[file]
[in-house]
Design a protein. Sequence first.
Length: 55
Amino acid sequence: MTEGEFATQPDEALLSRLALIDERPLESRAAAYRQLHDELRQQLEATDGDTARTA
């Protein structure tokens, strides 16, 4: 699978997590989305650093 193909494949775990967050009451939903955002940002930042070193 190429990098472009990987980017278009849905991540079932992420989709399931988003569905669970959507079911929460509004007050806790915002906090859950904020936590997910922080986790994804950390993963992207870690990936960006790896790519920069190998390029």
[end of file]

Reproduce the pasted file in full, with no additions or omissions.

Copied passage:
[in-house]
Design a protein. Sequence first.
Length: 55
Amino acid sequence: MTEGEFATQPDEALLSRLALIDERPLESRAAAYRQLHDELRQQLEATDGDTARTA
């Protein structure tokens, strides 16, 4: 699978997590989305650093 193909494949775990967050009451939903955002940002930042070193 190429990098472009990987980017278009849905991540079932992420989709399931988003569905669970959507079911929460509004007050806790915002906090859950904020936590997910922080986790994804950390993963992207870690990936960006790896790519920069190998390029």